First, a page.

To splinters was the vessel instant blown,

The crash still adding to the tempest's roar,
I saw my messmates struggling, heard them groan,

While clinging to a plank, I gained the shore.
Thus of three hundred I alone am left,

To tell our hopes and fears, and perils, dire, To paint a seaman's anguish, when bereft

Of friends and messmates by consuming fire.

JACK AND I SAW THEM NO MORE.
JACK and I were both messmates a long time at sea,

And many's the battle we've fought,
Yet fear d'ye mind, never touched him or me,

Though öft on our sweethearts we've thought.
For Jack loved his Kitty as dear as his soul,

And Poll was my comfort on shore,
And the angel of truth did our love vows enrol,
Though Jack and I saw them no more,

No more, And Jack and I saw them no more. 'Twas long on the ocean, tossed upwards and down,

We'd been from our charmers away,
Had gained by hard service some gold and renown,

Their fondness and love to repay;
But shame on report and each slanderous tongue,

That whispered ill tidings on shore:

For malice too busy, our death-knell had rùng,
And Jack and I saw them no more,

No more,
And Jack and I saw them no more.
Two landsmen to win their affections. d'ye see,

Had tried every art, but in vain;
When falsehood gave out, we were both wreck'd at

sea, And found a cold grave in the main. Poll and Kate heard the tale, but a word never spoke,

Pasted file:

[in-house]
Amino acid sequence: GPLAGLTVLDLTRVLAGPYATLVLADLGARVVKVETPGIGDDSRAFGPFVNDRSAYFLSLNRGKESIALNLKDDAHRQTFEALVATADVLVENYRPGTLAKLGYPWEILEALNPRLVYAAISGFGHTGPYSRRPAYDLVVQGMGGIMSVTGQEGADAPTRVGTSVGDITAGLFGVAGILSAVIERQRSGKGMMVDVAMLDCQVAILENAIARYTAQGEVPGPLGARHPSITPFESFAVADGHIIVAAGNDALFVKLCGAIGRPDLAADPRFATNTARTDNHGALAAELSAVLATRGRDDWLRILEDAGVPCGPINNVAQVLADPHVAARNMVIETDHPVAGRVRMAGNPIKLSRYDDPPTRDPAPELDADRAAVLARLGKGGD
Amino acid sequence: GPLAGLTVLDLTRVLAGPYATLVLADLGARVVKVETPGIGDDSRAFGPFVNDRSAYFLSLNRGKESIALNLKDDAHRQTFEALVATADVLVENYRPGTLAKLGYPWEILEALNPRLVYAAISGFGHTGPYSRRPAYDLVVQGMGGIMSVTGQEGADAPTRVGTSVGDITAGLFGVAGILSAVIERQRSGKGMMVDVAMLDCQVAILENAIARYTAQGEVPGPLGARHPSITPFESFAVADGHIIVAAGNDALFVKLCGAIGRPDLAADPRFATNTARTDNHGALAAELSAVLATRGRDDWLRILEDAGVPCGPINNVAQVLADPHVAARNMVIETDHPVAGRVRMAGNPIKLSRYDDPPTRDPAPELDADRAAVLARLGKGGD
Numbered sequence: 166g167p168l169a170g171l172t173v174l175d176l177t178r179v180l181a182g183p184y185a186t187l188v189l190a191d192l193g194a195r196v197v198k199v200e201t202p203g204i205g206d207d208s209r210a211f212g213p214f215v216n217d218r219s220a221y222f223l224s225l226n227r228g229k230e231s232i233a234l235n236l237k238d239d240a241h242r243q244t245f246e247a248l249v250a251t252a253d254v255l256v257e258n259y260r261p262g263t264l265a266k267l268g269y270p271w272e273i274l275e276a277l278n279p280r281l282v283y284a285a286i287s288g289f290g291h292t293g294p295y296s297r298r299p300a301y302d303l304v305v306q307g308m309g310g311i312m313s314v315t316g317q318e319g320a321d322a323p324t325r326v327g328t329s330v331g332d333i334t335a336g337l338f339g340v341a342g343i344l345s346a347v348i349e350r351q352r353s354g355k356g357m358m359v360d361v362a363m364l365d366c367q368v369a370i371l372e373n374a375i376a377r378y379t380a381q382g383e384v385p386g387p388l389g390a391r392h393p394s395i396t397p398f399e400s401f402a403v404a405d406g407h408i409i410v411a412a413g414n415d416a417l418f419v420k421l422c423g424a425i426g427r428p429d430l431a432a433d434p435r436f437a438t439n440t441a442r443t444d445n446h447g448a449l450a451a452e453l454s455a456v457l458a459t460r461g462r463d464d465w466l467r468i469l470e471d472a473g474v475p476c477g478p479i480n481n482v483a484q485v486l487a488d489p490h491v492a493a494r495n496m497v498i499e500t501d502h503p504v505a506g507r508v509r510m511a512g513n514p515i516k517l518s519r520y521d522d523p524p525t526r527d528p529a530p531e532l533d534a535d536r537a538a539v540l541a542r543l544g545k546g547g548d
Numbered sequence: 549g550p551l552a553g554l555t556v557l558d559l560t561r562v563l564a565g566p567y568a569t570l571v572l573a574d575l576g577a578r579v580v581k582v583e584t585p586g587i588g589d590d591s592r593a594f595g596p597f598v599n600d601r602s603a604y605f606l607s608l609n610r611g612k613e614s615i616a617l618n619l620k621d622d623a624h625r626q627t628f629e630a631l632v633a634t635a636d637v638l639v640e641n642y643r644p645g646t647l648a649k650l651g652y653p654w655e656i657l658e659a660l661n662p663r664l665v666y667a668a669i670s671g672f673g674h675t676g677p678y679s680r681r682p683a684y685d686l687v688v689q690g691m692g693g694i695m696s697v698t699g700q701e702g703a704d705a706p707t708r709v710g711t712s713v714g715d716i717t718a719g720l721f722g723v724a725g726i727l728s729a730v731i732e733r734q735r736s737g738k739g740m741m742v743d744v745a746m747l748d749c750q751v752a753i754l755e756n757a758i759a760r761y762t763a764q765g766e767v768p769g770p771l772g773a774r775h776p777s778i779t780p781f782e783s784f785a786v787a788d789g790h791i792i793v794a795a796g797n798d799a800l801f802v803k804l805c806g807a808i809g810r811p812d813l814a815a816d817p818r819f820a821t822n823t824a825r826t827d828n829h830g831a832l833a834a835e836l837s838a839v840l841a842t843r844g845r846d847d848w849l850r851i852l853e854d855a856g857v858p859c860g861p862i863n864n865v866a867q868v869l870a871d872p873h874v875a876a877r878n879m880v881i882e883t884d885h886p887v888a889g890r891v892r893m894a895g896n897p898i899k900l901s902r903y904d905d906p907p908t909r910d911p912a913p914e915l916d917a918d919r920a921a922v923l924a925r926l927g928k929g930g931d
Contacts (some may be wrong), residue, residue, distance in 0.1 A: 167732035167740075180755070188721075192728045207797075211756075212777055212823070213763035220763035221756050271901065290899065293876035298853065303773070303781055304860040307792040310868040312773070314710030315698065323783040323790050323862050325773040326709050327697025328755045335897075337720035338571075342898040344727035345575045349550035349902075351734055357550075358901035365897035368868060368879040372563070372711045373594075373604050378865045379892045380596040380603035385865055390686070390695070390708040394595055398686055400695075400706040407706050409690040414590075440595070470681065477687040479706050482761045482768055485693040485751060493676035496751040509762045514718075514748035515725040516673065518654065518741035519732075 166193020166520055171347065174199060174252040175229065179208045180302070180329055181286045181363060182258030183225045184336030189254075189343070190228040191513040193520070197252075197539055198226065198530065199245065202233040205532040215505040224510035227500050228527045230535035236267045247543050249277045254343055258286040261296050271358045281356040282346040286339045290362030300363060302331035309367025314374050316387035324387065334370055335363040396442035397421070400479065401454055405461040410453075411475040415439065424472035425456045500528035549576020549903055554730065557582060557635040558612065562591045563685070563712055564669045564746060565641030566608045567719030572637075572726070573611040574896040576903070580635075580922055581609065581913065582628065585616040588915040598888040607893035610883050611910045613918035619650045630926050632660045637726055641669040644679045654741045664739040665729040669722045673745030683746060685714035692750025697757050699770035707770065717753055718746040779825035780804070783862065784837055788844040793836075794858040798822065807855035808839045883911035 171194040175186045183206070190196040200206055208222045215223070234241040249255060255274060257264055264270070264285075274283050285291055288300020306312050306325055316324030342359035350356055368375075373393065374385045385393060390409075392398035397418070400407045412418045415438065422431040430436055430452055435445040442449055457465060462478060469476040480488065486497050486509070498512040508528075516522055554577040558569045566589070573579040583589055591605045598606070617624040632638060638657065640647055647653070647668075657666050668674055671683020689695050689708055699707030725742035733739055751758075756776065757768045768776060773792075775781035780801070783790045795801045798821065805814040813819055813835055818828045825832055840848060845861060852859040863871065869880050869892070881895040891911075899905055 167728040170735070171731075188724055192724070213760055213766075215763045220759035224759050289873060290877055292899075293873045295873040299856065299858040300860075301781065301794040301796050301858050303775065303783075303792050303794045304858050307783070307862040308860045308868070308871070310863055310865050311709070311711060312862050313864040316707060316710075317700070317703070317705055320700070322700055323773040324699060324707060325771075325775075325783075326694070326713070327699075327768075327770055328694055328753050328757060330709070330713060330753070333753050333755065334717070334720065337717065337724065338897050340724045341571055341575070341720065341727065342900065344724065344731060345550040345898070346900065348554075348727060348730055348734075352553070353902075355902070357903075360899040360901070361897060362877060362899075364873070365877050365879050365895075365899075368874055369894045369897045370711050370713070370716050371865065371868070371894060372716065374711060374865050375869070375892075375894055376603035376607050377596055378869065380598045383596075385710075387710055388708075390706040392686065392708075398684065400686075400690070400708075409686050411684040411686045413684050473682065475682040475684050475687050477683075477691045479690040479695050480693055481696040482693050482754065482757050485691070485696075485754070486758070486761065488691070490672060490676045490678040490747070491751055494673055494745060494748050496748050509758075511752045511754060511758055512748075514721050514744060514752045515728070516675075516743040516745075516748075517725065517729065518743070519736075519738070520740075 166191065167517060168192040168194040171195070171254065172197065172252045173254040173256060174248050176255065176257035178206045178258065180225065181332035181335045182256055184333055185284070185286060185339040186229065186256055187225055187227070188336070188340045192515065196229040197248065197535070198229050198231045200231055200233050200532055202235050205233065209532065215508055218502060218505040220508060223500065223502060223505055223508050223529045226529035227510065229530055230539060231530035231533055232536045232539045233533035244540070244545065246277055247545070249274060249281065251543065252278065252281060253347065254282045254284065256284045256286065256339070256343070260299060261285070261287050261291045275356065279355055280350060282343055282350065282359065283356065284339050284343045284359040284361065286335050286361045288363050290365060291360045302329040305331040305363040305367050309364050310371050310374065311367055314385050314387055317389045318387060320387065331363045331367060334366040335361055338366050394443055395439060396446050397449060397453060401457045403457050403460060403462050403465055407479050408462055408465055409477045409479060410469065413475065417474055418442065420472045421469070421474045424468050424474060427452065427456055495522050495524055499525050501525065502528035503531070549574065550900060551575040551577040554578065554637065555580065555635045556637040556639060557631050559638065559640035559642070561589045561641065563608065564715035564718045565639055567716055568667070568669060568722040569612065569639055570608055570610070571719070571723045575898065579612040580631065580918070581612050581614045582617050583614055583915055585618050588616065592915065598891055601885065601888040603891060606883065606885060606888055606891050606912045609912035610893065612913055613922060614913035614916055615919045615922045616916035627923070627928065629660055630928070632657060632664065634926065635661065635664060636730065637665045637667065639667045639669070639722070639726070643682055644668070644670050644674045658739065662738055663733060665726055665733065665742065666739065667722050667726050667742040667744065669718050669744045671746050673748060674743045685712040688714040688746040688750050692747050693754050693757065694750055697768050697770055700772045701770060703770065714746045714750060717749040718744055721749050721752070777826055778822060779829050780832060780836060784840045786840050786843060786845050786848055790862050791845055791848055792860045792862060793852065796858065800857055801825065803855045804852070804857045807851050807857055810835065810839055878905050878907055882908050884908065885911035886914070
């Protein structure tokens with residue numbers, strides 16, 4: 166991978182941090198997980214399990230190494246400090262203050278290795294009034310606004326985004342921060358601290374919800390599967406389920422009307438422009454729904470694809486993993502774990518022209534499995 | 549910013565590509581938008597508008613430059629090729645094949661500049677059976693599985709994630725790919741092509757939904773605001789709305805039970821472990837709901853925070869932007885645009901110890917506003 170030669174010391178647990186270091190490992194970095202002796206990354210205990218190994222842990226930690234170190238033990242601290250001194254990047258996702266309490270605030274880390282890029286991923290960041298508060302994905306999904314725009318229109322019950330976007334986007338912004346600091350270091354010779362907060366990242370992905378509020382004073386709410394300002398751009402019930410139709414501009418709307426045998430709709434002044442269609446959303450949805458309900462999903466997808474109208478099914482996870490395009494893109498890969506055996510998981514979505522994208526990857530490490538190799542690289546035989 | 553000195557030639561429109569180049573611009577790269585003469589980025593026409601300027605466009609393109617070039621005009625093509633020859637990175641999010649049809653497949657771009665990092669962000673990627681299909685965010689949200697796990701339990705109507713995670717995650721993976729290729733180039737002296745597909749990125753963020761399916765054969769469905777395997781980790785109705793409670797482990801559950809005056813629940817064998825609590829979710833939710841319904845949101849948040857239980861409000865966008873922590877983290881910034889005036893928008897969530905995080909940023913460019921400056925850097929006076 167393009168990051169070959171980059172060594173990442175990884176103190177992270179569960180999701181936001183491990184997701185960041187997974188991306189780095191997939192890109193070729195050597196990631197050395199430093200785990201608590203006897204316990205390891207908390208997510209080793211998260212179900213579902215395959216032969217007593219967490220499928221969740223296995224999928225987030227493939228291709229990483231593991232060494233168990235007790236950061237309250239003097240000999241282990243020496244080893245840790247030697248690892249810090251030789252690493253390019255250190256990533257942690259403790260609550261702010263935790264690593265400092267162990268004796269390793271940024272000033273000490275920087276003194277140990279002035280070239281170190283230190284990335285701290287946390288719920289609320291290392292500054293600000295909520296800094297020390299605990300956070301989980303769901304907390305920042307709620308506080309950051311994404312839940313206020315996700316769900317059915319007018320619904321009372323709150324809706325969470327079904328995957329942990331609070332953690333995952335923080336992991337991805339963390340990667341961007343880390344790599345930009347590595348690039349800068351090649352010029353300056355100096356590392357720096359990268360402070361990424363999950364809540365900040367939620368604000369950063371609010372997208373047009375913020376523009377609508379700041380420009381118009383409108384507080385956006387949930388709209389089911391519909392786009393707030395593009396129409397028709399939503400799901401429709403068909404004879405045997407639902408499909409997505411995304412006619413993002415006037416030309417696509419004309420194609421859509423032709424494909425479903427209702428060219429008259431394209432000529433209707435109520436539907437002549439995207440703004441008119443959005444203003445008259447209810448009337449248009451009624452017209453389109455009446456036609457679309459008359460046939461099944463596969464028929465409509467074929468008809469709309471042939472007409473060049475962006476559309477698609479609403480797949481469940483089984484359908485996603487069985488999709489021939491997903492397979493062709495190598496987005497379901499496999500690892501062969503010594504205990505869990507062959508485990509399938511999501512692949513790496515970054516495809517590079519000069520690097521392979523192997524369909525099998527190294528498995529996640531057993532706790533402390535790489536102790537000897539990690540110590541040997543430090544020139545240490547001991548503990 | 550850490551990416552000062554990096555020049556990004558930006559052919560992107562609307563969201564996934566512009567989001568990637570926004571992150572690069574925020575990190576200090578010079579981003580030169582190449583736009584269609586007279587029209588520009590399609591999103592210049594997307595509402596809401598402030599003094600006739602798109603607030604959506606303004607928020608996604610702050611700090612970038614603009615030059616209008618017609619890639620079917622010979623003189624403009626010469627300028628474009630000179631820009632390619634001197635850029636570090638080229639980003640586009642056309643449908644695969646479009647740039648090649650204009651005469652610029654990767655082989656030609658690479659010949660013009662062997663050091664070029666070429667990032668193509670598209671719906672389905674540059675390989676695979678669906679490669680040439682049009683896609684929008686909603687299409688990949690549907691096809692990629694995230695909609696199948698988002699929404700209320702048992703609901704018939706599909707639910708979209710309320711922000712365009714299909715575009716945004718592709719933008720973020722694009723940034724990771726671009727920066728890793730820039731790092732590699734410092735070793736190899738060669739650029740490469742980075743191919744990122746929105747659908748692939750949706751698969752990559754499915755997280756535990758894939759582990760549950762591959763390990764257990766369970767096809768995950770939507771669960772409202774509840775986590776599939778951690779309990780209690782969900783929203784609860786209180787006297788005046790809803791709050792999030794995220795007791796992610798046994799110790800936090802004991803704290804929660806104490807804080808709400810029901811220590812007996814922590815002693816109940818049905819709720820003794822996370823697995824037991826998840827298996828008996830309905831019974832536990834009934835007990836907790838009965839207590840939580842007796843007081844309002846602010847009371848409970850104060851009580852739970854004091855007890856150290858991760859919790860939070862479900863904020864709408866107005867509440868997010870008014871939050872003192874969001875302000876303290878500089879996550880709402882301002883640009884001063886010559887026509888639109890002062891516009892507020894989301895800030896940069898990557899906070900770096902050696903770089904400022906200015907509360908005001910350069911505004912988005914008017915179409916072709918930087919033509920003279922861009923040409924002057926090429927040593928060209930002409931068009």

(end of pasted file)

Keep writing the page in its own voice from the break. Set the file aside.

Each fell like a lamb on the floor;
The functions of life from that moment were broke,
And Jack and I saw them no more,

No more,
And Jack and I saw them no more.

FAME AND GLORY.
When first he left his native shore,

To wander o'er the trackless main,
Tom sighed to think that he no more,

His native land might see again.
For, ah! the friends he left were dear,

The girl he loved was fair and kind,
And when he dropt a glist’ning tear,
'Twas shed for those he left behind,

To fight for fame and glory.
But in the battle's rude alarms,

When ev'ry danger fits around,
The thought of them his bosom warms,

And foremost in the fight he's found,
No sighs,'no tears can then molest,

For love with friendship thus combined
Still cheers a gallant seaman's breast,
Still animates a seaman's mind

To fight for fame and glory.

STAND TO YOUR GUNS. STAND to your guns my hearts of oak, Let not a word on board be spoke, Victory soon will crown the joke;

Be silent, and be ready,
Ram home your guns, and sponge them well,
Let us be sure the balls will tell,
The cannons' roar shall sound their knell;

Be steady, boys, be steady.
Not yet, nor yet-reserve your fire,
I do desire;- Fire!
Now the elements do rattle,
The gods, amazed, behold the battle

A broadside, my boys!
See the blood in purple tide
Trickle down her battered side;
Winged with fate the bullets fly;
Conquer, boys, or bravely die,
Hurl destruction on your foes,

She sinks-huzza!
To the bottom down she goes.

SWEET POLL ADIEU. The gallant ship was under weigh,

When up aloft Tom Halliard went To reef fore-topsail, seeming gay,

While cruel grief his bosom rent, Think not a sniv’ling lubber he,

From stem to stern no lad more true, And helm a-weather or a-lea,

No tar was e'er so blithe as he, Till last he bade sweet Poll adieu. An enemy appears in sight,

The tars behold with gladdened eyes,